-->

COLLEGE STATION --

Texas A&M University senior chemistry major Brooke Versaw '18 has been selected to receive a $10,000 scholarship from the Astronaut Scholarship Foundation (ASF).

Versaw, a College Station native, is set to graduate in spring 2018 with her bachelor's of science degree in chemistry and a minor in business. She is one of two 2017 recipients along with Kendall Ezell '18, a senior majoring in biomedical engineering.

Former Space Shuttle astronaut Fred Gregory will present Versaw and Ezell with their Astronaut Scholar awards Thursday (Oct. 26) as part of an 10-11:30 a.m. ceremony in the Rudder Theatre Complex on the Texas A&M campus. The program, which is co-sponsored by Texas A&M Honors and Undergraduate Research (HUR) along with the Astronaut Scholarship Foundation, also will feature a public lecture by Gregory. The event is free and open to the public, but tickets are required for entry and are available through the Memorial Student Center Box Office.

For more than 30 years, the Astronaut Scholarship Foundation has identified and supported the best and brightest undergraduate students pursuing educations in STEM (science, technology, engineering and mathematics) fields across the nation. The Astronaut Scholarship is known for being among the most significant merit-based scholarships awarded to undergraduate STEM students. Candidates must be nominated by faculty of the participating universities based on their display of initiative, creativity and excellence in their chosen field.

Versaw, who is the daughter of Lori and Wayne Versaw (the latter of whom is a longtime biologist at Texas A&M), discovered her interest in chemistry and chemical research during high school, where she volunteered as a chemistry and physics tutor. Prior to ever setting foot on the Texas A&M campus as an official student and National Merit Scholar in fall 2014, she had already spent two summers conducting university-level research. In summer 2013, Versaw worked with Dr. Junha Jeon at the University of Texas at Arlington, investigating the mechanism of alkenyl silyl ether hydrolyzation as a Robert A. Welch Foundation Chemistry Scholar. In summer 2014, Versaw moved to Dr. Steve Lockless' group in the Texas A&M Department of Biology, where she studied intracellular signaling using synthetic models of cellular membranes.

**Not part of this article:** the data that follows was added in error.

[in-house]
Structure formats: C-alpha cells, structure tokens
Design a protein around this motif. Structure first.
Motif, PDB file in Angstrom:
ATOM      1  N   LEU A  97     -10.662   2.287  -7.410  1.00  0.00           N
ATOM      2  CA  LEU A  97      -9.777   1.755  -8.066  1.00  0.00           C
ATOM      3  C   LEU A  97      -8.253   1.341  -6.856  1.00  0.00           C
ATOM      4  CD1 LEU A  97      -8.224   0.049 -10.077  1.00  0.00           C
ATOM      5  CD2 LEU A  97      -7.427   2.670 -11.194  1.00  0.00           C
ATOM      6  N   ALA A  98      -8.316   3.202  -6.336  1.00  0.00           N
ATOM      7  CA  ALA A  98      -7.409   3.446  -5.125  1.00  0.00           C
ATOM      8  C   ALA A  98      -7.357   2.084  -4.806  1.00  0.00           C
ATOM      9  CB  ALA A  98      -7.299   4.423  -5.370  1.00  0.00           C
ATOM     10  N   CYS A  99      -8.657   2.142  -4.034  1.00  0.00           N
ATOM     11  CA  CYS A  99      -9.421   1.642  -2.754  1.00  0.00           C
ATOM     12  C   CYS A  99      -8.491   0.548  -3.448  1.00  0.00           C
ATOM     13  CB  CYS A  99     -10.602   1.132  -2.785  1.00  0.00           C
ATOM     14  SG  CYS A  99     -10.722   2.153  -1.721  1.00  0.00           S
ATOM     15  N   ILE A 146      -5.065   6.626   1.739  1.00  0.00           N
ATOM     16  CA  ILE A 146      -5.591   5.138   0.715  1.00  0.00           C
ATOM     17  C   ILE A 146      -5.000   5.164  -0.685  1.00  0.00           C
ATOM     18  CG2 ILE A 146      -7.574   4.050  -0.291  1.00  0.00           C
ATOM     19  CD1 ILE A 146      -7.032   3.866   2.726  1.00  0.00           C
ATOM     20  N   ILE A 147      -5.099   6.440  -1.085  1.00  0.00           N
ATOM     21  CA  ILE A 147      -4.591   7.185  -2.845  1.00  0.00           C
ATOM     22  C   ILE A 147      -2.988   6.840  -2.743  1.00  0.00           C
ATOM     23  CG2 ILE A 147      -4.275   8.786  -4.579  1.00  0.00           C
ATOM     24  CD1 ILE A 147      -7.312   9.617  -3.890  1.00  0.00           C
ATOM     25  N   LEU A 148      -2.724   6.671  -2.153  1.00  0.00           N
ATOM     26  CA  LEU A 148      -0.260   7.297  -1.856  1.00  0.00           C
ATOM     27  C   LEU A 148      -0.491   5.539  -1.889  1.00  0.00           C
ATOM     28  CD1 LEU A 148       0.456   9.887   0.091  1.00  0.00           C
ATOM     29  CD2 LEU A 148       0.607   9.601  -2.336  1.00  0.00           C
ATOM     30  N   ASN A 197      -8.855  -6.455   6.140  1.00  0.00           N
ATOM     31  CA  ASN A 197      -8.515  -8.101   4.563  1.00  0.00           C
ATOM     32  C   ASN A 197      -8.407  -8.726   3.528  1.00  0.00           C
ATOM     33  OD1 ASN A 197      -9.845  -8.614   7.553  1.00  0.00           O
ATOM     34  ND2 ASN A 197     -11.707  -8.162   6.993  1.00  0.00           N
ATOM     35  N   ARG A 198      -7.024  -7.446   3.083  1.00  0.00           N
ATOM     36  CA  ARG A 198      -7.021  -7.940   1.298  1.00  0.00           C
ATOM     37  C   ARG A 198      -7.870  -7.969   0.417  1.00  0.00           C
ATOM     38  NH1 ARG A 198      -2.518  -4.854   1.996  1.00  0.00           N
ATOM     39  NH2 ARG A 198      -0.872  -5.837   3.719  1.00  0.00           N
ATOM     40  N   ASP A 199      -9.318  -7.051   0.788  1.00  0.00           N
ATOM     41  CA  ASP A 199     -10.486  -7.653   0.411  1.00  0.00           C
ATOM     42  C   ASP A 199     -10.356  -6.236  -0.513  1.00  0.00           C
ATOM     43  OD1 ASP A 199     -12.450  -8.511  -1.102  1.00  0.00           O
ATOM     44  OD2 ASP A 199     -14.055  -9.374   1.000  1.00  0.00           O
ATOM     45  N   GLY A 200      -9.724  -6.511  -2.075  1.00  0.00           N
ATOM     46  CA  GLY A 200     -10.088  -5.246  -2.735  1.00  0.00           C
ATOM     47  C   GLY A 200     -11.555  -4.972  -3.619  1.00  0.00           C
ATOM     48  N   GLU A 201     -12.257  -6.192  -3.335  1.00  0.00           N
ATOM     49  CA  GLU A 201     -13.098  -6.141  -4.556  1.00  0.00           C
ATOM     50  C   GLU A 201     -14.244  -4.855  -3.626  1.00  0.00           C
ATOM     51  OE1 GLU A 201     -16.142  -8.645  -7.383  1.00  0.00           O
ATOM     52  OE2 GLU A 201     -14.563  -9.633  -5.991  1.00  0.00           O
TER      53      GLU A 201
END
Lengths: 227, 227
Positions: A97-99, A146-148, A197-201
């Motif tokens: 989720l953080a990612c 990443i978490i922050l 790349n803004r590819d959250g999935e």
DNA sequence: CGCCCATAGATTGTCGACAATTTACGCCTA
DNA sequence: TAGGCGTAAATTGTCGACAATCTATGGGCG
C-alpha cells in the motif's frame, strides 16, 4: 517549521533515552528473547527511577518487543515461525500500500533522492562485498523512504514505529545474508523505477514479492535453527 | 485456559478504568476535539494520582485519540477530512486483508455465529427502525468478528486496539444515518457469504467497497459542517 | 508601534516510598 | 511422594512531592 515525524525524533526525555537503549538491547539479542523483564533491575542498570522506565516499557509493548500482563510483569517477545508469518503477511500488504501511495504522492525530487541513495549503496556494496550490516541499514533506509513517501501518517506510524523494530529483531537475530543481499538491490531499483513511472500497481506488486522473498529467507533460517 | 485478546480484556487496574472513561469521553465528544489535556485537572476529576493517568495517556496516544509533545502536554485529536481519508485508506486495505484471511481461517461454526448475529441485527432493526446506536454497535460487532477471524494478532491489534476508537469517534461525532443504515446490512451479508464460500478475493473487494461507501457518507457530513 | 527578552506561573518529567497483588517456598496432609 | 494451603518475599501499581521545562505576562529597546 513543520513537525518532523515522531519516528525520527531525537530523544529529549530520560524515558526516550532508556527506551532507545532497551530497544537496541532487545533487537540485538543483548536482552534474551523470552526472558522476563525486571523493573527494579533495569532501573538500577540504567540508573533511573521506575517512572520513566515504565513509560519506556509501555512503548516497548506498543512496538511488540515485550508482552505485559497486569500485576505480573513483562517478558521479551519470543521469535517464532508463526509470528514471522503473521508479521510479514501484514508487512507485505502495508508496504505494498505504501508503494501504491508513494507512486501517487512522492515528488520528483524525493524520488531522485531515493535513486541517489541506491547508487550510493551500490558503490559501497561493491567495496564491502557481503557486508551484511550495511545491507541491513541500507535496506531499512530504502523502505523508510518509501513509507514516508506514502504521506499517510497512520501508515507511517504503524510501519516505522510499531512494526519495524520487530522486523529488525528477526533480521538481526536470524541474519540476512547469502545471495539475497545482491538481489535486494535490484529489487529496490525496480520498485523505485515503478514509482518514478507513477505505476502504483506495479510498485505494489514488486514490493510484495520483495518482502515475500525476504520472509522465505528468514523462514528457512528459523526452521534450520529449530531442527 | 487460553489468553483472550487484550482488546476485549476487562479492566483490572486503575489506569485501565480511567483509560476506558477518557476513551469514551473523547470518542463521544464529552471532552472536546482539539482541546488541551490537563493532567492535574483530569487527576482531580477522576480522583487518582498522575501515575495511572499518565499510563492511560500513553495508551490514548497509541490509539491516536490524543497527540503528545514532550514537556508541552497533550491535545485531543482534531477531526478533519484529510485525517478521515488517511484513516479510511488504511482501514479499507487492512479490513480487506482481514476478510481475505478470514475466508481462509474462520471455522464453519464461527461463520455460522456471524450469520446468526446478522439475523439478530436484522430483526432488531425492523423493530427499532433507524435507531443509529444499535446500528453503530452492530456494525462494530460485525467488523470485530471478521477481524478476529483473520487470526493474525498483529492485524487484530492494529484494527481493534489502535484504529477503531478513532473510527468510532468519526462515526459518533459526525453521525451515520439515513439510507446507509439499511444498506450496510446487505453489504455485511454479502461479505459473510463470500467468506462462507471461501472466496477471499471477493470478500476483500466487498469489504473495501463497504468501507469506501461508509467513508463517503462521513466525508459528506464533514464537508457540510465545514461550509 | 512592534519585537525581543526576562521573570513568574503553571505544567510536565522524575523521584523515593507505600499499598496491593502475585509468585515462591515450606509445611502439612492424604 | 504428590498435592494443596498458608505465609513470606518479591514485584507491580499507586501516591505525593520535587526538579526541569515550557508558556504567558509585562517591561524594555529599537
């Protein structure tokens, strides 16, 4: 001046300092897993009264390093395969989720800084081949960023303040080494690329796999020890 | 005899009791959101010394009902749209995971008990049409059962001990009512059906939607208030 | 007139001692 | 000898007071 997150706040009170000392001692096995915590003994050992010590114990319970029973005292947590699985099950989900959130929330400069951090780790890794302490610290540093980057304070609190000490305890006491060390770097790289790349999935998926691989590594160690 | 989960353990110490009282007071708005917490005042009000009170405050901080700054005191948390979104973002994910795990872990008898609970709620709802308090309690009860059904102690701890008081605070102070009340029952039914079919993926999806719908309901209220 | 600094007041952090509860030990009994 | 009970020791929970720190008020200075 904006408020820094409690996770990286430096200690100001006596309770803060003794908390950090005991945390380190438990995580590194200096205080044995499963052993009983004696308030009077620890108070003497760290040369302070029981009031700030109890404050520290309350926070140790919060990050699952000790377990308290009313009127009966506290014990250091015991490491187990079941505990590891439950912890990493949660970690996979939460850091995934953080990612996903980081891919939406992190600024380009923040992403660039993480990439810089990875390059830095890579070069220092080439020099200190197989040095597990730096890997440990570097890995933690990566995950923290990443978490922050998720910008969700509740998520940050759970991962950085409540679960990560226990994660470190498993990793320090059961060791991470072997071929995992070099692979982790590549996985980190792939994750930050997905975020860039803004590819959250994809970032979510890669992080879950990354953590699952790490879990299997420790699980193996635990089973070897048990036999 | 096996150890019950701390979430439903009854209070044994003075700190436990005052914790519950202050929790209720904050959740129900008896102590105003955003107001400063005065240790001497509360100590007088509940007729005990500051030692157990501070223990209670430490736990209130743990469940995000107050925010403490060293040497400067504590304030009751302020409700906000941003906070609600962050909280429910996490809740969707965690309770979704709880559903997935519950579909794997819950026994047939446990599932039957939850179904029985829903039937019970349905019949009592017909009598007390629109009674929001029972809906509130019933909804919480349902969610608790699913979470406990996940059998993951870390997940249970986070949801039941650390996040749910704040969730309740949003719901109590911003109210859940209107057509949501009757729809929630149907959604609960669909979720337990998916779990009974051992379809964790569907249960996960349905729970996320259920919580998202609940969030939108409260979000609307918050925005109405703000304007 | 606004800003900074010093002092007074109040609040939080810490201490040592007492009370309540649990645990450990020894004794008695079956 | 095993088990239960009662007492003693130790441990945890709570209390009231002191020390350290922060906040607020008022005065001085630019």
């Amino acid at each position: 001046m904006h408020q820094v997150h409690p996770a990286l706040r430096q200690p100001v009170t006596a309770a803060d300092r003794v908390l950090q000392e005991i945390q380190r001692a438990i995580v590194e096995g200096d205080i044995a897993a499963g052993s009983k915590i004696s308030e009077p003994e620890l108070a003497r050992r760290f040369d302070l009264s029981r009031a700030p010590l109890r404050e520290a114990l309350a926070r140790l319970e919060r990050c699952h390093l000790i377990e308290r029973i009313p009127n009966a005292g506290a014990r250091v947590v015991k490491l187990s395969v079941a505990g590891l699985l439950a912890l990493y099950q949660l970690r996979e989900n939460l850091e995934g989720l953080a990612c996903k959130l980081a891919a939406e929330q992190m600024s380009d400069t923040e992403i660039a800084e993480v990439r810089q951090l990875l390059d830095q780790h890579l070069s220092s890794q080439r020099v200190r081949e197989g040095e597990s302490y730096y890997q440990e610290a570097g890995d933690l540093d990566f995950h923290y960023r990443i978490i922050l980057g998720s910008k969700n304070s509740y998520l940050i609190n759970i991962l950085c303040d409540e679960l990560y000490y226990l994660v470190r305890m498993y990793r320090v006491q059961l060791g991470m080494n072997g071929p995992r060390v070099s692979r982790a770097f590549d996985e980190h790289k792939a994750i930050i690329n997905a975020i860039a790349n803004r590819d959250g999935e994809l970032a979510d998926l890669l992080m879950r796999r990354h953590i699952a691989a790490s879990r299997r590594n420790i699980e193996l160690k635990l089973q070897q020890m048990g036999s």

Since June 2015, Versaw has conducted undergraduate research in the laboratory of Distinguished Professor of Chemistry Dr. Karen L. Wooley, a group she intially joined as a 2015-16 Beckman Scholar. Her related research on polymers and functional macromolecules has resulted in several presentations, including a first-place undergraduate oral presentation award as part of 2016 Texas A&M Student Research Week and an Outstanding Presentation Award in Materials Science at the 2016 Gulf Coast Undergraduate Research (GCUR) Symposium. In addition, she was a co-inventor on a patent application. Most recently this past spring, Versaw earned Barry Goldwater Scholarship Honorable Mention honors.

"Among the 55 undergraduate students who have engaged in research in my laboratory over the past 23 years, Brooke has exhibited the highest level of independent creativity, and she has the greatest potential to rise as a world-class star in pursuit of excellence in the design and development of advanced organic polymer materials," Wooley said.

In addition to the University Honors Program, Versaw has served in leadership roles with the American Chemical Society and Aggie Honor Council and has been active as a member of the MSC Visual Arts Committee and as a National Scholar Ambassador. In addition to Beckman Scholar, she was selected as a University Scholar, a President's Endowed Scholar, an Undergraduate Research Ambassador and as a Robert A. Welch Foundation Scholar.